When selecting and impaneling a juror, any party may make a challenge for cause if a juror has formed an opinion as to theguilt or innocence of the defendant, or for any other reason is unable to render an impartial verdict. N.C.G.S. § 15A-1212(6), (9) (1999). There is no statutory provision for challenging a juror after the jury has been impaneled. State v. McLamb, 313 N.C. 572, 575, 330 S.E.2d 476, 478 (1985). Generally, once a jury has been impaneled, the parties have waived their rights to peremptorily challenge jurors. Id. at 577, 330 S.E.2d at 479. However, N.C.G.S. § 15A-1215(a) states: "If before final submission of the case to the jury, any juror dies, becomes incapacitated or disqualified, or is discharged for any other reason, an alternate juror becomes a juror, in the order in which selected, and serves in all respects as those selected on the regular trial panel." N.C.G.S. § 15A-1215(a) (1999). A party may challenge a juror after impanelment at the discretion of the trial court. McLamb, 313 N.C. at 576, 330 S.E.2d at 479. The trial court's decision will not be disturbed absent a finding of abuse of discretion. To constitute an abuse of discretion, the decision of the trial court must have been so arbitrary that it could not have been the result of a reasoned decision. Id.
    Defendant contends that he had a statutory right to have a juror, Mr. McNeally, removed because of partiality. We disagree. As we stated above, there is no statutory right to challenge a juror after the jury has been impaneled; the decision to remove a juror remains at the discretion of the trial court. Thus, we review only to determine whether the trial court abused its discretion in allowing McNeally to remain on the jury.    During the subject trial, McNeally informed the trial court that the evidence presented on the first day had affected him more than he anticipated, and that he did not think he could be impartial. The trial judge reminded McNeally several times that he "should remain open to all the evidence until all the evidence is presented" before making up his mind. McNeally stated that he was willing to do so.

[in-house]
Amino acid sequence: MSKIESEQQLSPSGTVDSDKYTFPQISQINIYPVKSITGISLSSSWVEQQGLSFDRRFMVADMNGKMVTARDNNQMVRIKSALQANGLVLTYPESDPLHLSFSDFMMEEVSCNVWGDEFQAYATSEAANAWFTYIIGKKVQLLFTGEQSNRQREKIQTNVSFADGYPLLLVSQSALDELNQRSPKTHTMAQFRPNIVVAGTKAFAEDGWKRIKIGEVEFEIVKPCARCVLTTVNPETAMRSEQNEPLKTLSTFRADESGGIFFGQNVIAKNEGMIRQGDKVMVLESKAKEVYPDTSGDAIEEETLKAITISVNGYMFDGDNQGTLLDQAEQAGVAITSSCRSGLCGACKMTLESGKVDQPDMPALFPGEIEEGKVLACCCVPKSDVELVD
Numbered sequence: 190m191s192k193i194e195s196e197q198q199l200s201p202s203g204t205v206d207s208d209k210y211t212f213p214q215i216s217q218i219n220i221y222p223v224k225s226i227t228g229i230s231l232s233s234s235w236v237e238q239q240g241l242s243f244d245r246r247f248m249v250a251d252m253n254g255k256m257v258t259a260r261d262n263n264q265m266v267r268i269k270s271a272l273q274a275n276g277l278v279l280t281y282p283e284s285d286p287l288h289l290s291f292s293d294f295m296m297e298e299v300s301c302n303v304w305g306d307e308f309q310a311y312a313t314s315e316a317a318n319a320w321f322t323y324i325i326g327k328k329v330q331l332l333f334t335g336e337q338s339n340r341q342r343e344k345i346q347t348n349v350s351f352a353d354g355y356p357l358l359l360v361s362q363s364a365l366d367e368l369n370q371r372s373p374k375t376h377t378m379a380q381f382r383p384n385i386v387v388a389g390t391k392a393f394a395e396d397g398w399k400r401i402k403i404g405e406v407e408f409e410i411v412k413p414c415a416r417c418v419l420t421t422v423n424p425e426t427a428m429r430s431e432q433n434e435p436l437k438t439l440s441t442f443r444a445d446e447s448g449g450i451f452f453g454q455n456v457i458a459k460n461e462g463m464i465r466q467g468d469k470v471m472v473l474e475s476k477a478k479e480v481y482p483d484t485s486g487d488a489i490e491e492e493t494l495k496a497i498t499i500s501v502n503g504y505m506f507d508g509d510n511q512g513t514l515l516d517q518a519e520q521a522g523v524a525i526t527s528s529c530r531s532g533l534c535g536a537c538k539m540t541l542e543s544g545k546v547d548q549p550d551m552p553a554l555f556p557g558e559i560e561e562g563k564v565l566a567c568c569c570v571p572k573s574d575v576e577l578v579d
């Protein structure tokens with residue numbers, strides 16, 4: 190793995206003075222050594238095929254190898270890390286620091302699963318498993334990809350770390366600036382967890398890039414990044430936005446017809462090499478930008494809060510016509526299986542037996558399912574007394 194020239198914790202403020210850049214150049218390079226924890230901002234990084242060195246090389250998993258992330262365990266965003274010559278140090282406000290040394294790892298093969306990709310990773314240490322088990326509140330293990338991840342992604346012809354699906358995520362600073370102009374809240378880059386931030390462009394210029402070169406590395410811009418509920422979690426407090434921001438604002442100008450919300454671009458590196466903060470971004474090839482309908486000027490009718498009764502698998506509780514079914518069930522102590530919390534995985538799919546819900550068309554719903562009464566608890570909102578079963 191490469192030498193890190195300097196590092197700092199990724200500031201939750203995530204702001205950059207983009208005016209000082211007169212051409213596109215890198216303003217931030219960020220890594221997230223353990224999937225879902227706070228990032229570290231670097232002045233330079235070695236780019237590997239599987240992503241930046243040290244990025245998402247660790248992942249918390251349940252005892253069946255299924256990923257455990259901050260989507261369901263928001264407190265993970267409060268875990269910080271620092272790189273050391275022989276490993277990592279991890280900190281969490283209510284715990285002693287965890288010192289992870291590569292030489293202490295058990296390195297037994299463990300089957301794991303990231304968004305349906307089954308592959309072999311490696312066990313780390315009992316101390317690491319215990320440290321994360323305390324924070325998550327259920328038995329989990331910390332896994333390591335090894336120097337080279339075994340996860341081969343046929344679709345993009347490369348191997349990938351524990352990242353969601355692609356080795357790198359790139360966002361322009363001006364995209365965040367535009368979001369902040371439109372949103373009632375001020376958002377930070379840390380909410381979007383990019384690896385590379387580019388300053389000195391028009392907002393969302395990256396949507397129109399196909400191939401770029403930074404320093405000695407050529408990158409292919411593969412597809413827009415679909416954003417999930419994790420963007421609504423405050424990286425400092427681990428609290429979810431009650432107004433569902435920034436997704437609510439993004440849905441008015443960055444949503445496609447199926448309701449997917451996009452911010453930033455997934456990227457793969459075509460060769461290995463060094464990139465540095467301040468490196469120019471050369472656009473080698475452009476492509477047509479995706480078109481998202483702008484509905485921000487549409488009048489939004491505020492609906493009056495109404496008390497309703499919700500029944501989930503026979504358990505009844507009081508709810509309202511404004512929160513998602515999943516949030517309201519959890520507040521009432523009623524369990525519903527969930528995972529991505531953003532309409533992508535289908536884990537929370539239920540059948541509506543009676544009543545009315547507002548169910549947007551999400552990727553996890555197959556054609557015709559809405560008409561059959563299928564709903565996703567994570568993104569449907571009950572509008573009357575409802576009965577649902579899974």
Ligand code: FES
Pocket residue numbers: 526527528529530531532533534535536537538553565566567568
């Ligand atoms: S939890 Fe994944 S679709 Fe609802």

[McNEALLY]: I am willing to go forward as a juror, Your Honor. But I felt in good consciousness I needed to come forward with my concerns.
    
                THE COURT: Well again, to the extend [sic] that you may . . . find yourself influenced by some of the testimony that you've heard, let me suggest that you listen to all of it, including the cross-examination of the witness, including all of the evidence relating, not only to this witness's testimony, but other witnesses as well.

                [McNEALLY]: Uh-huh.

                THE COURT: Do you think that you could continue to do that?

                [McNEALLY]: [Nods head.] Yes, sir, Your Honor, I think I could.

Defense counsel then requested the court to ask McNeally if he had made up his mind yet. The court further inquired:
                THE COURT: Well, I mean again, you've not heard all the evidence at this point.

            Do you think that you can continue to listen to any evidence and to wait until you hear all the evidence, arguments of the counsel and then the charge of the Court as to the law before you make up your mind?